Closed nanocontainer enables thioketones to phosphoresce at room temperature in aqueous solution

Nithyanandhan Jayaraj, Murthy V.S.N. Maddipatla, Rajeev Prabhakar, Steffen Jockusch, N. J. Turro, V. Ramamurthy

Research output: Contribution to journalArticle

23 Scopus citations

Abstract

Thiocarbonyl compounds possess unusual photophysical properties: they fluoresce from S2, phosphoresce from Ti only at extremely low concentrations in solution at room temperature, have unit quantum yield of intersystem crossing from S1 to T1, undergo self-quenching at diffusion-controlled rates, and are quenched by ground-state oxygen leading to self-destruction. In this article, we are concerned with finding a new method to observe phosphorescence from thioketones at room temperature in aqueous solution at high concentrations. To achieve this goal, one needs to find ways to eliminate diffusion-limited self-quenching and oxygen quenching. We present here a general strategy that has allowed us to record phopshorescence from a number of thioketones in aqueous solution at room temperature. The method involves encapsulation of thioketone molecules within a "closed nanocontainer" made up of two cavitand molecules known by its trivial name as octa acid. In these supramolecular complexes, despite two thiocarbonyl compounds being present in close proximity, no self-quenching occurs within the confined space due to curtailment of their rotational freedom. Although phosphorescence could also be observed when these thioketones are included in open containers, such as cucurbiturils and cyclodextrines, the closed container made up of octa acid is found to be the best medium to observe phosphorescence from thioketones whose excited state chemistry is essentially controlled by self-quenching.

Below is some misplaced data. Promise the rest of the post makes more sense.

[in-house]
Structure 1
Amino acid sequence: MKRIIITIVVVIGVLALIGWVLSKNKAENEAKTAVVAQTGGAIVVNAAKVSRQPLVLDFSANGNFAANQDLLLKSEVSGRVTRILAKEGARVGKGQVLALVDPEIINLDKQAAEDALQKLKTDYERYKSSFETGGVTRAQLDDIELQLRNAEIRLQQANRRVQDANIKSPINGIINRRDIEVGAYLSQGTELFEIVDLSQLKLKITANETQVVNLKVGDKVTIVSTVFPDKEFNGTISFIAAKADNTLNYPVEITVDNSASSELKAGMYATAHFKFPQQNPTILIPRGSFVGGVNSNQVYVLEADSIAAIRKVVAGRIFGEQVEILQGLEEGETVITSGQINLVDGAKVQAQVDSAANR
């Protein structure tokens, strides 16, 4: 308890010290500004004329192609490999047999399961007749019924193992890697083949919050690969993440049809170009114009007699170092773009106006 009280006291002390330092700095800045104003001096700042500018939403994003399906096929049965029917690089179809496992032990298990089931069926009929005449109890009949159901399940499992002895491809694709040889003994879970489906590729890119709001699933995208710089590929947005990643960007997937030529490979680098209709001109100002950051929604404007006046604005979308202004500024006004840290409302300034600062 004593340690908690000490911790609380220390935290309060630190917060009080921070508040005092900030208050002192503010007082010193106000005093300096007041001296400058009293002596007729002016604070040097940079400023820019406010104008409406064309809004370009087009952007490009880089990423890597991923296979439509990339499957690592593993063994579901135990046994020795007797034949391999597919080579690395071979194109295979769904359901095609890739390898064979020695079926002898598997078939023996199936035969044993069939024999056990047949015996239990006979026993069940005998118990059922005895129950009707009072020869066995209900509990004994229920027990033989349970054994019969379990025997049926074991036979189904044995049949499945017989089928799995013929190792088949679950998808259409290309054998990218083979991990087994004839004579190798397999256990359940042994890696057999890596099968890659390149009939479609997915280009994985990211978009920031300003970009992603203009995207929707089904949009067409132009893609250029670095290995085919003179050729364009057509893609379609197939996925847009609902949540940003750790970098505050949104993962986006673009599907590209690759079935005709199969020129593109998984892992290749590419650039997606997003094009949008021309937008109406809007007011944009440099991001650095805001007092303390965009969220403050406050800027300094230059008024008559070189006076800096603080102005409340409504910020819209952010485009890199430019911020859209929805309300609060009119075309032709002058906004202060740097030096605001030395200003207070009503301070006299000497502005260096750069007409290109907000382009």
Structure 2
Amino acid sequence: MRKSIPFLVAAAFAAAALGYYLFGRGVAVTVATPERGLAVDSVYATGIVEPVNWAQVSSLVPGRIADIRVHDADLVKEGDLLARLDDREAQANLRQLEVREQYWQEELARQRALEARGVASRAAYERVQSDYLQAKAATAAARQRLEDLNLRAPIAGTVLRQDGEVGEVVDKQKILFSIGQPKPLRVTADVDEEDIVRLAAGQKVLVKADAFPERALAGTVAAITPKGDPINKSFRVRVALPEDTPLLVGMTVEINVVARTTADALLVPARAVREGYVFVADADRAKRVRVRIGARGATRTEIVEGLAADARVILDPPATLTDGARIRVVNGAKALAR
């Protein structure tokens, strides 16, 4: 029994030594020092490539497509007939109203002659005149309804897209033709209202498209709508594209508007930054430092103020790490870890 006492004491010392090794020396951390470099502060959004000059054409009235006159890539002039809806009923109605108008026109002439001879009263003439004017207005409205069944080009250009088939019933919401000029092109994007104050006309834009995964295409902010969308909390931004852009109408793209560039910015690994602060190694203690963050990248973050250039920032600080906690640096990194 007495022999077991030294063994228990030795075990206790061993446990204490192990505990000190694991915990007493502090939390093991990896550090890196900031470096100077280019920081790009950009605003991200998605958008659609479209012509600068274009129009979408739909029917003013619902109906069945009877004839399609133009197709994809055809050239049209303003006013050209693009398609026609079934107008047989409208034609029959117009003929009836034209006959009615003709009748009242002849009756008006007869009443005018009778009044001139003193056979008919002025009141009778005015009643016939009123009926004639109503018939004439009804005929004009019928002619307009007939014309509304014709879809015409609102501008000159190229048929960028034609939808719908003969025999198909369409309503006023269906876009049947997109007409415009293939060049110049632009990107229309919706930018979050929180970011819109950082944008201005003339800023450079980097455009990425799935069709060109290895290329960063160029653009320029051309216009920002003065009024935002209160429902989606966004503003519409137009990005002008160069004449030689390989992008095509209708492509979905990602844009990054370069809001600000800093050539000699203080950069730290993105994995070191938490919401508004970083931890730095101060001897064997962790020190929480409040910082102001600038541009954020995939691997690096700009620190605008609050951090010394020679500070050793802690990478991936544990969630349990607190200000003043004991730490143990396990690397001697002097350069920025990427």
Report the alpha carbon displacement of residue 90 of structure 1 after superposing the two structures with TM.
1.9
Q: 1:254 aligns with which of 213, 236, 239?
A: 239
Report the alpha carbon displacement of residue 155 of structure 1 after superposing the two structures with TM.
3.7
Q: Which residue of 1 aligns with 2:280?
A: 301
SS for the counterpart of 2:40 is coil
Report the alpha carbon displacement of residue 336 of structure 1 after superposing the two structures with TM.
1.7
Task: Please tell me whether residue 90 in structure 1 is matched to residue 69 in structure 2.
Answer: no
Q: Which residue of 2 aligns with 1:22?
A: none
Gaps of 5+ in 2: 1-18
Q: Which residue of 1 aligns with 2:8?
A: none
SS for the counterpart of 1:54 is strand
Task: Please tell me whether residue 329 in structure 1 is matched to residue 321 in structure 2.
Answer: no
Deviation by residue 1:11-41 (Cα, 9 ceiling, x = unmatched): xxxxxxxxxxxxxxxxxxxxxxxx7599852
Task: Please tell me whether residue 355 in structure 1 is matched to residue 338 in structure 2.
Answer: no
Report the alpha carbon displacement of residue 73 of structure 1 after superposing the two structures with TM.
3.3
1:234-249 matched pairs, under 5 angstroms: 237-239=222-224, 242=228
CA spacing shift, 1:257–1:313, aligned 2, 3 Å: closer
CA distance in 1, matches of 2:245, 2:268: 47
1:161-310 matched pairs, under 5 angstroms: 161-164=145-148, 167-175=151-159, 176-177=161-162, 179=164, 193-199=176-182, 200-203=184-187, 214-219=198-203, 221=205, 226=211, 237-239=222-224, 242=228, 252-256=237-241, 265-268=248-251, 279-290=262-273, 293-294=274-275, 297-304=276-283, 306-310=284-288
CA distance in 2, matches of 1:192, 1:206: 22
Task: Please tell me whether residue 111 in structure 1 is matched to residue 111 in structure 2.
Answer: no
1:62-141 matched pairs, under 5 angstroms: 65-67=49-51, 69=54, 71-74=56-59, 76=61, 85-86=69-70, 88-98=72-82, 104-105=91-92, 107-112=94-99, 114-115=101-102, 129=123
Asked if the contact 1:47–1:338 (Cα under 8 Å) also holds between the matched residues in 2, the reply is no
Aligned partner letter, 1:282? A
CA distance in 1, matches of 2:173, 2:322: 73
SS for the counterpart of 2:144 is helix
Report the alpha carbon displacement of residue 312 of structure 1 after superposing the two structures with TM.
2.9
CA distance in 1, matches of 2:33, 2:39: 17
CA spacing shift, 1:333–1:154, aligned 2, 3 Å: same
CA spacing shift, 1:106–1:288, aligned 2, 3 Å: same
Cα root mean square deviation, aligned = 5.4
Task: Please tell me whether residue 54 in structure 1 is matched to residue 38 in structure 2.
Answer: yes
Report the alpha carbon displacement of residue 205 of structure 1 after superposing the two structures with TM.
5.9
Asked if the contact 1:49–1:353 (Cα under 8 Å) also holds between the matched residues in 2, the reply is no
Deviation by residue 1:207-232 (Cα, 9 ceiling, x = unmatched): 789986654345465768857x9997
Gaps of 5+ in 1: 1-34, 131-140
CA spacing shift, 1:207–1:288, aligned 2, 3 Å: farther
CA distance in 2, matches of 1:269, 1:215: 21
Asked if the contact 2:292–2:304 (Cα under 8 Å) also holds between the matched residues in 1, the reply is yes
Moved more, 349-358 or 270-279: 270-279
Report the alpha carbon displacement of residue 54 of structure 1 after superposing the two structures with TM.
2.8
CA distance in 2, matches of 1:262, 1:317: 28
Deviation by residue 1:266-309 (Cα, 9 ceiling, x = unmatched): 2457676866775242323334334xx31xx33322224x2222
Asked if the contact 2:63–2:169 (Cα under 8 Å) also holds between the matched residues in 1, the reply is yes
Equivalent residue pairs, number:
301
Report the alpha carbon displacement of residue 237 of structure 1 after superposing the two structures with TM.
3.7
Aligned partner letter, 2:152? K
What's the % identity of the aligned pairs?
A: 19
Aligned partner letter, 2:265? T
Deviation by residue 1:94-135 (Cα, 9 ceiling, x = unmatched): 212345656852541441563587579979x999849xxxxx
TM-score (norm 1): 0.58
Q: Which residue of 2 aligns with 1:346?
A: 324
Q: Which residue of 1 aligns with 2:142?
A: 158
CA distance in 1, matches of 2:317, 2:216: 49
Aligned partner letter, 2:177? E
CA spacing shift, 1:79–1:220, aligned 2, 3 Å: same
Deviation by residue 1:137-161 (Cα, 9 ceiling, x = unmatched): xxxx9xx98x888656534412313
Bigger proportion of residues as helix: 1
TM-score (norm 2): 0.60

Original languageEnglish (US)
Pages (from-to)14320-14328
Number of pages9
JournalJournal of Physical Chemistry B
Volume114
Issue number45
DOIs
StatePublished - Dec 8 2010

ASJC Scopus subject areas

  • Physical and Theoretical Chemistry
  • Surfaces, Coatings and Films
  • Materials Chemistry

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